will have some twist. Everybody seems to be sick of factorials and
such so here is some real world task. Imagine that we are running our
pension fund and need real time data about the current value of our
stock portfolio so we can compare it to the price of the current
value of our gold pile under the bed, so we can decide whether to buy
more gold or buy more stocks. The twist is that we want to run this
price calculating algorithm within soft real-time time constraints to
beat High Frequency Traders, which means that we cannot
allocate too much memory for processing as it implies too much
garbage collections. Garbage collections are considered bad things in
soft real-time algorithms, as everybody hates if somebody else
interrupts them during speech, you know what I mean.

As we are working with
pure functions, and since pure functions cannot modify state, they
have to create a new state. In order to avoid memory allocations, we
will use value types to represent the state.

The value of our stock can
be calculated by using the following very simple expression:

value :=
SUM(stock_price[i] * number_of_stock[i] * currency_exchange_rate[i])

The value of the gold is
the same, we can assume a stock portfolio which has only one stock,
the gold, and the stock price is the current gold price.

The problem is that we can
have thousands of stocks in our portfolio and we have to recalculate
this formula a million times per second in order to beat the HFT
guys. We can reorder the expression, grouping by currencies like
this:

value :=
SUM(SUM(stock_price[i] * number_of_stock[i]) *
currency_exchange_rate[j])

That way we only have to
recalculate one multiplication when the currency rate changes but we
still have to add up all the numbers. If we think about the SUM
function, we can notice that because addition is associative, the
following is true:

a1+a2+a3 = (a1+a2)+a3

So if only a3 changes, and
we somehow would remember what was the sum of a1+a2, then we would
have to do only one addition instead of two. For 10000 values, it
would mean doing one addition instead of 9999 and it is a huge
difference. We can get a1+a2 by subtracting the old a3 value from the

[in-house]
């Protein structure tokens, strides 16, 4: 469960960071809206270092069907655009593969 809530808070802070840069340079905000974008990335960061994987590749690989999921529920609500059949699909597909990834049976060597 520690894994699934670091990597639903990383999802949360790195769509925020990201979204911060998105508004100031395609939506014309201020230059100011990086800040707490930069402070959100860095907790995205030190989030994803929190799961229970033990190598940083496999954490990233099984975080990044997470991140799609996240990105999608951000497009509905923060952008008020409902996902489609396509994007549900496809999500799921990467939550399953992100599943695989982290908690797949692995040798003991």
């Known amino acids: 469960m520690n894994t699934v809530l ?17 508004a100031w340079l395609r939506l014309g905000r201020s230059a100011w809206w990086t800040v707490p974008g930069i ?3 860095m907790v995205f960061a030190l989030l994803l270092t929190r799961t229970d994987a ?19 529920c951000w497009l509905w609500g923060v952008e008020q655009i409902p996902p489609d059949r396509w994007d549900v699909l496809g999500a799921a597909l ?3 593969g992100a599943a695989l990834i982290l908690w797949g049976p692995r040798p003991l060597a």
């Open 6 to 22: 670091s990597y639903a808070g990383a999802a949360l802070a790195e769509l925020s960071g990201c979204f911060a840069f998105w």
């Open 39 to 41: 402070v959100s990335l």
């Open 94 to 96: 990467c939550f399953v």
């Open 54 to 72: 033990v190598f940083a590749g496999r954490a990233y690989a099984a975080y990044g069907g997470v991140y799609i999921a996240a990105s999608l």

old sum, but it will result in worse and worse result quality as the
rounding errors accumulate. It will not be generic enough either, as
we will be able to use only functions which have inverse functions as
well (like the subtraction is an inverse of addition).

The solution in Functional
Programming is called Memoization, which is a way to remember
the result of a function call, so when we call it next time with the
same parameters, the result does not have to be recalculated, we can
use the memoized one. Of course it can consume a lot of memory to
remember everything, and it is also slower than adding two numbers
together, so we will develop a simpler but faster version of it. This
will be the infrastructure which will enable us to incrementally
calculate anything, and will store and cache the results for us.

## The solution

In order to be able to
cache the last value of a sum, we will arrange every function into a
tree hierarchy like an Abstract Syntax Tree. In case of a sum,
we arrange like this:

a1+a2+a3+a4 = ( (a1+a2) +
(a3+a4) )

Once we do not have to
distinguish between simple operators like multiplication and list
operations like SUM(), the whole problem is simplified to caching and
updating. The following pictures show how the system works.

Here you can see how we
group (A+B)*(C+D), but we would group and handle A+B+C+D exactly the
same way, only the result would be 50 instead of 400. A, B, C and D
are Sources of the calculation as they provide values. A+B, C+D and
(A+B)*(C+D) are Dependents of the sources above them but also Sources
for the Dependents below them.

It easy to see that if we
change one Source value (C from 11 to 1 in this case, shown with
yellow), then we have to recalculate all Dependents. The number of
calculations is the depth of the tree, so in the worst case, when
every node has only two Sources, it will be log2(n). In our problem
it means that in case of 10000 stocks, it will be 14 additions
instead of 9999.

Every node in the tree
maintains a Ready and a Cached flag, and it is very important not to
mix these two states together. Ready means that the value of the
calculation can be read from the node to be given as parameters to
further calculations (which are pure functions themselves). In the
graph Ready is shown as green. Cached means that we do not have to
evaluate the calculation as we hold the last value. In the graph
Cached is shown as a concrete value instead of question marks. Cached
implies Ready, but Ready does not imply Cached!!!

In case of Sources, Ready
means that the value they hold are valid. They can became not Ready
only when we store an invalid value into them, like null. Not Ready
is shown as red. Note that Ready is transitive, so if something is
Ready, then it implies that all the Sources of the calculations are
Ready, otherwise we could not calculate the value which would mean
not Ready. In order to keep this invariant, when we make something
not Ready then we have to make every Dependents not Ready. We stop